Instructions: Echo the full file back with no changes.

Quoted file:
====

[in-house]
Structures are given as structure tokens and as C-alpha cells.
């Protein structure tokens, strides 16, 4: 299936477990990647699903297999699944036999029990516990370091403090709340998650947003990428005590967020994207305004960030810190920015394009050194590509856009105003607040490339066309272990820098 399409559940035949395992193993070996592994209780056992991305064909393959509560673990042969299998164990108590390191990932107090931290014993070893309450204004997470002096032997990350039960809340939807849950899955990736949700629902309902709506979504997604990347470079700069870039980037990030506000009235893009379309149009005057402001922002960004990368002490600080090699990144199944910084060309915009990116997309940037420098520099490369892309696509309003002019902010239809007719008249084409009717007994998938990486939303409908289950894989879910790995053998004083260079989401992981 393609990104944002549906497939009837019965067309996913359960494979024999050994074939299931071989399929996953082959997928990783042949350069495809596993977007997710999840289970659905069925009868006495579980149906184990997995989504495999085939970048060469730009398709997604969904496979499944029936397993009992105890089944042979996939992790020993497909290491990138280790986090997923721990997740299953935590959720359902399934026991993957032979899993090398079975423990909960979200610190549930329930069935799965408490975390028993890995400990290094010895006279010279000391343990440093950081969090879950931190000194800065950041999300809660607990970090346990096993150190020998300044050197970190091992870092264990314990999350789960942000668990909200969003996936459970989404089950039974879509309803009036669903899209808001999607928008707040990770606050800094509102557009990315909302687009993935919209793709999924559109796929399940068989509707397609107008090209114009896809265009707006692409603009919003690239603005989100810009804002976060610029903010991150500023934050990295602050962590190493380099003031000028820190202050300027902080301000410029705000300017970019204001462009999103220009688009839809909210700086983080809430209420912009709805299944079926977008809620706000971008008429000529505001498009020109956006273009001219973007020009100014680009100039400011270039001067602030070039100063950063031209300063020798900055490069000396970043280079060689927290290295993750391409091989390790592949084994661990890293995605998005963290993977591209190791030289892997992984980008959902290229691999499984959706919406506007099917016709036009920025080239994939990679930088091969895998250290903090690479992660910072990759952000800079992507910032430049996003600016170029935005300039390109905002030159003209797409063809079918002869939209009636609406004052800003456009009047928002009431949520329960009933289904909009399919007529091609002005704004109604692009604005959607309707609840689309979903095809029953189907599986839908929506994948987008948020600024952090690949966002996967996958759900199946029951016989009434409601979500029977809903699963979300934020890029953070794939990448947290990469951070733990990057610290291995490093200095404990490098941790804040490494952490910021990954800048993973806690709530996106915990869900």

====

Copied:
[in-house]
Structures are given as structure tokens and as C-alpha cells.
């Protein structure tokens, strides 16, 4: 299936477990990647699903297999699944036999029990516990370091403090709340998650947003990428005590967020994207305004960030810190920015394009050194590509856009105003607040490339066309272990820098 399409559940035949395992193993070996592994209780056992991305064909393959509560673990042969299998164990108590390191990932107090931290014993070893309450204004997470002096032997990350039960809340939807849950899955990736949700629902309902709506979504997604990347470079700069870039980037990030506000009235893009379309149009005057402001922002960004990368002490600080090699990144199944910084060309915009990116997309940037420098520099490369892309696509309003002019902010239809007719008249084409009717007994998938990486939303409908289950894989879910790995053998004083260079989401992981 393609990104944002549906497939009837019965067309996913359960494979024999050994074939299931071989399929996953082959997928990783042949350069495809596993977007997710999840289970659905069925009868006495579980149906184990997995989504495999085939970048060469730009398709997604969904496979499944029936397993009992105890089944042979996939992790020993497909290491990138280790986090997923721990997740299953935590959720359902399934026991993957032979899993090398079975423990909960979200610190549930329930069935799965408490975390028993890995400990290094010895006279010279000391343990440093950081969090879950931190000194800065950041999300809660607990970090346990096993150190020998300044050197970190091992870092264990314990999350789960942000668990909200969003996936459970989404089950039974879509309803009036669903899209808001999607928008707040990770606050800094509102557009990315909302687009993935919209793709999924559109796929399940068989509707397609107008090209114009896809265009707006692409603009919003690239603005989100810009804002976060610029903010991150500023934050990295602050962590190493380099003031000028820190202050300027902080301000410029705000300017970019204001462009999103220009688009839809909210700086983080809430209420912009709805299944079926977008809620706000971008008429000529505001498009020109956006273009001219973007020009100014680009100039400011270039001067602030070039100063950063031209300063020798900055490069000396970043280079060689927290290295993750391409091989390790592949084994661990890293995605998005963290993977591209190791030289892997992984980008959902290229691999499984959706919406506007099917016709036009920025080239994939990679930088091969895998250290903090690479992660910072990759952000800079992507910032430049996003600016170029935005300039390109905002030159003209797409063809079918002869939209009636609406004052800003456009009047928002009431949520329960009933289904909009399919007529091609002005704004109604692009604005959607309707609840689309979903095809029953189907599986839908929506994948987008948020600024952090690949966002996967996958759900199946029951016989009434409601979500029977809903699963979300934020890029953070794939990448947290990469951070733990990057610290291995490093200095404990490098941790804040490494952490910021990954800048993973806690709530996106915990869900």